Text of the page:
... The grant enabled me to clear the calendar and immerse myself with growing questions for performance and experiment with directing performances for the camera... The time I bought myself, clear of distraction and stress, seems to imply a self-made residency but it was more. It had been five years since I had steady housing in NYC with a shower, kitchen, and nothing illegal. The grant allowed me to set up a home. Here, an amazing sea of work and theories opened and continue.
- MPA, January 3, 2014
MPA is an artist who engages her body in performance and installation pieces. She explores the social and political implications of the body as a site of resistance in her work. Her body of work Directing Light onto Fist of Father (2011), shown at Leo Koenig Inc. combined 16mm film and a plaster cast of her father's fist in an installation inciting three durational performances. Trilogy (o) (2012) centered on photographs of Nike war missiles as an orbiting moon calendar at the arts cooperative Human Resources in Los Angeles.
MPA's works and performances have been seen at the Swiss Institute, the Whitney Museum, Los Angeles Contemporary Exhibitions, Stedelijk Museum, the Center for Performance Research, The Kitchen, Hudson Guild Theater, the Art Institute of Chicago, the Museum of Contemporary Art Chicago, Art in General, Museo de Arte Contemporáneo, Oaxaca; and Meat Market Gallery, Washington D.C. MPA is a frequent collaborator, and is visible in works by contemporary photographers, painters, and performers.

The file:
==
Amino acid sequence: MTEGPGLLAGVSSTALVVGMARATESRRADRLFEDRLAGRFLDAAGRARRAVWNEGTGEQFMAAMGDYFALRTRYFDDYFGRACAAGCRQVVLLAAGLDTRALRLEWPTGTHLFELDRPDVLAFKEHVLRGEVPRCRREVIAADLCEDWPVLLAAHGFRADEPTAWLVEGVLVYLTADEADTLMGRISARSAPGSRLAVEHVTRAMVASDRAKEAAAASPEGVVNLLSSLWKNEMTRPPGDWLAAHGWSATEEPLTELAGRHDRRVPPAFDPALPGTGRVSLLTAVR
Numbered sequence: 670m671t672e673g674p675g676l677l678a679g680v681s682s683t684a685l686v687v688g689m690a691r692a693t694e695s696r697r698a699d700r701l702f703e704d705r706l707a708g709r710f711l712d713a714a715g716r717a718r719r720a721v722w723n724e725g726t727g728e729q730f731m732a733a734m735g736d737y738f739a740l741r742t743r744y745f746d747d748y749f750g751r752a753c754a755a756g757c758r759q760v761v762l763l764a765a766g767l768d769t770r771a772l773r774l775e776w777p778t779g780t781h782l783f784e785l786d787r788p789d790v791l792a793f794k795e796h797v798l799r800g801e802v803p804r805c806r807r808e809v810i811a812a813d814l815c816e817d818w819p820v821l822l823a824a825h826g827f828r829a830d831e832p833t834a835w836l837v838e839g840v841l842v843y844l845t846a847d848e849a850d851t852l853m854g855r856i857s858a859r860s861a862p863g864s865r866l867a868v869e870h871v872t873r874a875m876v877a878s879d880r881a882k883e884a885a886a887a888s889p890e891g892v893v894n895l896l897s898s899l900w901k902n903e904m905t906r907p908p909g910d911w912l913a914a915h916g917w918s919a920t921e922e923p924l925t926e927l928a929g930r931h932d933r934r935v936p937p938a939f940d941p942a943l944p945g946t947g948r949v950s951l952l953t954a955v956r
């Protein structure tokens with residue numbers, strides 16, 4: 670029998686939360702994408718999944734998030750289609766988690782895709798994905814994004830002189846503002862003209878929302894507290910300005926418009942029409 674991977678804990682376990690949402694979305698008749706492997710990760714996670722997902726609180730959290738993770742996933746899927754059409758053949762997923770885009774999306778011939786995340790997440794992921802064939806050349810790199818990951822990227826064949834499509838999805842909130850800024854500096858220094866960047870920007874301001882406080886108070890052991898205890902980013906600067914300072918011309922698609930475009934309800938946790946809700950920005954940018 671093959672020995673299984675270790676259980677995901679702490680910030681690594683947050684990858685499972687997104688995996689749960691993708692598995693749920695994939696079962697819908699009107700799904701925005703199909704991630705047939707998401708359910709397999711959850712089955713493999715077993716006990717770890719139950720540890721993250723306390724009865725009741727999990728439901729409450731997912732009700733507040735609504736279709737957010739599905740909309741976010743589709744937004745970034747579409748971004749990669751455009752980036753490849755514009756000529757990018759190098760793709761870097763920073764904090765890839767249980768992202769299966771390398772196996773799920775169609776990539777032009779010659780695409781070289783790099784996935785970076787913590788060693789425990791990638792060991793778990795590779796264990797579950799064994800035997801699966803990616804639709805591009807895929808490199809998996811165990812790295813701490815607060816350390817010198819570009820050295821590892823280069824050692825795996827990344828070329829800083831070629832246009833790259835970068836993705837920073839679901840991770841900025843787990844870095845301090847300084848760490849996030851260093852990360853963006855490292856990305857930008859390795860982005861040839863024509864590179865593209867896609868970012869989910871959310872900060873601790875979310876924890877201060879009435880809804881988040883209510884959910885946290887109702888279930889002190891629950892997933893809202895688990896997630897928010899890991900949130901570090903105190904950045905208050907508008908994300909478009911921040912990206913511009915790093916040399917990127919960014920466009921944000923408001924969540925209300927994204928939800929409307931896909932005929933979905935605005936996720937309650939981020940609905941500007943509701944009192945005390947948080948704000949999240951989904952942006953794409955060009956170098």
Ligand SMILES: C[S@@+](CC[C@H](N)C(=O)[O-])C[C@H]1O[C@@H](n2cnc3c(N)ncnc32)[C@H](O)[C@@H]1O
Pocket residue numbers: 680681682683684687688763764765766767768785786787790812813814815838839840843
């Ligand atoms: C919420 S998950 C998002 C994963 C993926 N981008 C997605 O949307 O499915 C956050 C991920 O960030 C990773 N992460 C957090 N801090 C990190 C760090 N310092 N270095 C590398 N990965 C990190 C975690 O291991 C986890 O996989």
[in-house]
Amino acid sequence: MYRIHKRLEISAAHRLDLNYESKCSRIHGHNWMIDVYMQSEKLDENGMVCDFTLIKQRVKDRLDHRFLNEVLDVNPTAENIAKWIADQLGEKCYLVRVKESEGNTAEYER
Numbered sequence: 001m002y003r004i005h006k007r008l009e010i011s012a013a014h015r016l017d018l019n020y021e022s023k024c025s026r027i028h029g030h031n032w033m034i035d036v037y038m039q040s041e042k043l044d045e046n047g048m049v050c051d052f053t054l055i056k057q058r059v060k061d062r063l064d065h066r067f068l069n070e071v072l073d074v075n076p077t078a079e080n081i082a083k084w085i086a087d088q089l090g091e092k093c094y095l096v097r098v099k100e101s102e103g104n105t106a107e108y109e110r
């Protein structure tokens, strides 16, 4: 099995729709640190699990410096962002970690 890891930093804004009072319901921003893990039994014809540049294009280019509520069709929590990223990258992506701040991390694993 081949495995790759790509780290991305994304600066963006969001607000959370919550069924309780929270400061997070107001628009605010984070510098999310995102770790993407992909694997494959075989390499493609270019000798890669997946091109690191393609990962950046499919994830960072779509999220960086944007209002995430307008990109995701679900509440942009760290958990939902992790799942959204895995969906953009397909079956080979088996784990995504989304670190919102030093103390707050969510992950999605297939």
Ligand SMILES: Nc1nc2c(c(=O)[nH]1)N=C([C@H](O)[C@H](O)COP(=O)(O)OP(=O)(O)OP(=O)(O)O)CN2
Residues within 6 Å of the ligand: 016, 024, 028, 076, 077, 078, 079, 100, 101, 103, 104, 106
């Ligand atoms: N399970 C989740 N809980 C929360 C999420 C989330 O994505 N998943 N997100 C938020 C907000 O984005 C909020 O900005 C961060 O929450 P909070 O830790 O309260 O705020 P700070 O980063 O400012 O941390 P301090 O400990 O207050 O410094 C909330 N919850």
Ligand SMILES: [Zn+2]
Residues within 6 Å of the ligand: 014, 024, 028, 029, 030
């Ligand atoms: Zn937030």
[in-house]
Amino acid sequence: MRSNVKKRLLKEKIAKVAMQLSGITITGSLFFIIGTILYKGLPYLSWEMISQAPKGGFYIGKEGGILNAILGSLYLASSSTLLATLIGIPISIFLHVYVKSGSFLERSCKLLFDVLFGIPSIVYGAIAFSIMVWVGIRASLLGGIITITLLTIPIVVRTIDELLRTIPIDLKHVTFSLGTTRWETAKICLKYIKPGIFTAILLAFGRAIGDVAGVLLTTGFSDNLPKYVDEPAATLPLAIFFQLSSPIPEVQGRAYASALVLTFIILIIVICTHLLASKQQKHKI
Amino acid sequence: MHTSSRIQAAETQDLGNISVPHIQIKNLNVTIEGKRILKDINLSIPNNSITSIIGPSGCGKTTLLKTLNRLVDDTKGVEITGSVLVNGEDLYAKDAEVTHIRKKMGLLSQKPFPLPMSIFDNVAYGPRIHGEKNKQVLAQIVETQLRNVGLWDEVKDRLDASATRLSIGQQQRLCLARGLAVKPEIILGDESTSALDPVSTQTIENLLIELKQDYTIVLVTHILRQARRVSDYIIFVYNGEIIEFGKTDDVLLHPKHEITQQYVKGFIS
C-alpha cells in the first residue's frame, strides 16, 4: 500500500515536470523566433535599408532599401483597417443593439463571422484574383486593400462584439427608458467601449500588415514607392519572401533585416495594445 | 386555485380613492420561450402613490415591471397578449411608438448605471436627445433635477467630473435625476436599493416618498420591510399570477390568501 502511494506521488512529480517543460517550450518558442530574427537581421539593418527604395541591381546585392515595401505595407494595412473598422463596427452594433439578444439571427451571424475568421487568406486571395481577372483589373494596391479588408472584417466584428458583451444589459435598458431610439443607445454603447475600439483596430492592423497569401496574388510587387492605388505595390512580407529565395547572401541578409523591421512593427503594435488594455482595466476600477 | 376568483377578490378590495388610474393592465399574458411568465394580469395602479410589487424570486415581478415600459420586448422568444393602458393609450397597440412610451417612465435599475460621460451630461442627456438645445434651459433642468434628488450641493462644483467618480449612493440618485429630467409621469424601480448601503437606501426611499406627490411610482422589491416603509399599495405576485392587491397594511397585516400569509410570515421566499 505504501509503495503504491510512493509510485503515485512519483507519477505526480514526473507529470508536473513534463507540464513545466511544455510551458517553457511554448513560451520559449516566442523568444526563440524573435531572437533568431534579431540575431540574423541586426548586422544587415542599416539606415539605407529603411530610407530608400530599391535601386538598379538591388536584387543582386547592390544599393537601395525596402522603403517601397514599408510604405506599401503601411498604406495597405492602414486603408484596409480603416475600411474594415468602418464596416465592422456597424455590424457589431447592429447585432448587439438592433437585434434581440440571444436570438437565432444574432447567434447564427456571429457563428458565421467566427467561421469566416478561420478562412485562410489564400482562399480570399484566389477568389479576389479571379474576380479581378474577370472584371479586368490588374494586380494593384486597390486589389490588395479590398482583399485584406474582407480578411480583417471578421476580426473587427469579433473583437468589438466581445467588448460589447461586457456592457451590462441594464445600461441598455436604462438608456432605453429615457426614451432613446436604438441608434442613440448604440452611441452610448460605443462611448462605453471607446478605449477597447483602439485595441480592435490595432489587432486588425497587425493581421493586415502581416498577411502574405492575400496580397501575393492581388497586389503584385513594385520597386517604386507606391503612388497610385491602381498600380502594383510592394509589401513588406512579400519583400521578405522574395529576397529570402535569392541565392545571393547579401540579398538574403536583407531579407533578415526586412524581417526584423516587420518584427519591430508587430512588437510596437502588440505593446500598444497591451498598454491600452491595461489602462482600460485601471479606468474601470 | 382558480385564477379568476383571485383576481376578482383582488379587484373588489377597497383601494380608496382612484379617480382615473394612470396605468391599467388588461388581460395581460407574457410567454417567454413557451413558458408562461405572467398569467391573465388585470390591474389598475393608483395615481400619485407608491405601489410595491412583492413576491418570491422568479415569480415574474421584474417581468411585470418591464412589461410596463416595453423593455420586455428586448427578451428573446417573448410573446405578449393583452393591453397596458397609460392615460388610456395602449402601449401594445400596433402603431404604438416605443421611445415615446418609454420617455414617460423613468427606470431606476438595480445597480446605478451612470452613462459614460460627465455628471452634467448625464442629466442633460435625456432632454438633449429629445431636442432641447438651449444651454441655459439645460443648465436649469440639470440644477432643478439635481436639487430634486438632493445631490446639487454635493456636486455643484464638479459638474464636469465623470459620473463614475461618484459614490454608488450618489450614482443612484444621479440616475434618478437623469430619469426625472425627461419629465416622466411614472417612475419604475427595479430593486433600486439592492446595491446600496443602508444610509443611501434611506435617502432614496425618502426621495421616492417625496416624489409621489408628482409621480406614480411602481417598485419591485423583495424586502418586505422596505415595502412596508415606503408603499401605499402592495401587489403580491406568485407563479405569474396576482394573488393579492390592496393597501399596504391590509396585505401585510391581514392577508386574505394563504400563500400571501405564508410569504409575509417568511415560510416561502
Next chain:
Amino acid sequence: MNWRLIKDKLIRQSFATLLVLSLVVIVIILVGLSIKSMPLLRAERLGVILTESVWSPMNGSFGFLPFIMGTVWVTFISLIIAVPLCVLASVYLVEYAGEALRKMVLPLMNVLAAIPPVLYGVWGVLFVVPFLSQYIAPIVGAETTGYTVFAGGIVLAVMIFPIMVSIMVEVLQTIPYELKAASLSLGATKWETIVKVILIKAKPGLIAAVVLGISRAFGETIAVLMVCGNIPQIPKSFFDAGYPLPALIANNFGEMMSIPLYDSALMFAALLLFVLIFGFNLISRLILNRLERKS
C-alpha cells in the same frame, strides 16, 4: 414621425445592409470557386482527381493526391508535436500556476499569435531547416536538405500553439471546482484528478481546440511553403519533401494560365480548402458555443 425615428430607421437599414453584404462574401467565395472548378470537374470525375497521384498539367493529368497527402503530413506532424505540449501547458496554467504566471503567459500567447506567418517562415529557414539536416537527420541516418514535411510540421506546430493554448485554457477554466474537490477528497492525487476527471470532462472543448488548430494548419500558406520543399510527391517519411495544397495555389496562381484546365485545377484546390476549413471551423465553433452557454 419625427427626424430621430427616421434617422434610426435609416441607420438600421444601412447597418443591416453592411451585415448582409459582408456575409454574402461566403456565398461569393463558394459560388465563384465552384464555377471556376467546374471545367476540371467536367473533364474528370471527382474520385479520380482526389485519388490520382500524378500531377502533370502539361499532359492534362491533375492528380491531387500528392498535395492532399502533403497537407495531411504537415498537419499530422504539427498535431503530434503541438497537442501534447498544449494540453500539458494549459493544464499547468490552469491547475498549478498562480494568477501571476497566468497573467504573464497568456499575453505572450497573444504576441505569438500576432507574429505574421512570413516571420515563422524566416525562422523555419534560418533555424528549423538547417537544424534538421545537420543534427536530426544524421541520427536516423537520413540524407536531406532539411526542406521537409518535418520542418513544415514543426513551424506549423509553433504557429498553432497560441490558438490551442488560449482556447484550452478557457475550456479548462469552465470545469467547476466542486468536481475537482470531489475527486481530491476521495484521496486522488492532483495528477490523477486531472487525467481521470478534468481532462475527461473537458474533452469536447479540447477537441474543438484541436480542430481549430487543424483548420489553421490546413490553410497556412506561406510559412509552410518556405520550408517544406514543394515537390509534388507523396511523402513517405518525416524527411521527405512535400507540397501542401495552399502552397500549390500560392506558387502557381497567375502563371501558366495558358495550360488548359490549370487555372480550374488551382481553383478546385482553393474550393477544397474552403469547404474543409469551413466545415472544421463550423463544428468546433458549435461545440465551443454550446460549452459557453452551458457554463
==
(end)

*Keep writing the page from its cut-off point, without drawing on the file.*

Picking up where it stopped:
After her FCA support, MPA relocated to Twentynine Palms, California to research somatic practices. Prior to her Grants to Artists, MPA received a Community Arts Assistant Program Grant in Chicago (2006), and was an artist-in-residence at La Pocha Nostra Residency in Oaxaca, Mexico (2006); the Hancock & Kelly Live Artist Residency, Nottingham, United Kingdom (2007); the International Artists Studio, Stockholm (2010); and the Denniston Hill Artist Residency in Woodridge, NY (2010).
MPA received her B.F.A. from Hampshire College, and is a visiting faculty member in New Genres at the University of California, Los Angeles.
I view the body as a site tethered to social and political economies that define a space. It is both representational and emotional, and the tension between the body as affect and object is a source to my work as an artist. My performances and installations rely on presence and the energetic to acknowledge power as an intersection of relations. What is the psychic material for survival? How can performance, in its temporality, relieve us—viewer and performer—momentarily from a feeling of separation, and unite us in another confrontation, a meeting of meaning that belongs neither to the performer or viewer but embodies the projections of both. Performance is the event in which I devote my body to an action. This commitment is a choice, and choice met with action can read as a demonstration. The energetic is that sensation that struggles for articulation by existing in and around fixations. Simultaneously beginning and ending, it interrupts definition. I am committed to the potential within this experience.
- December 2012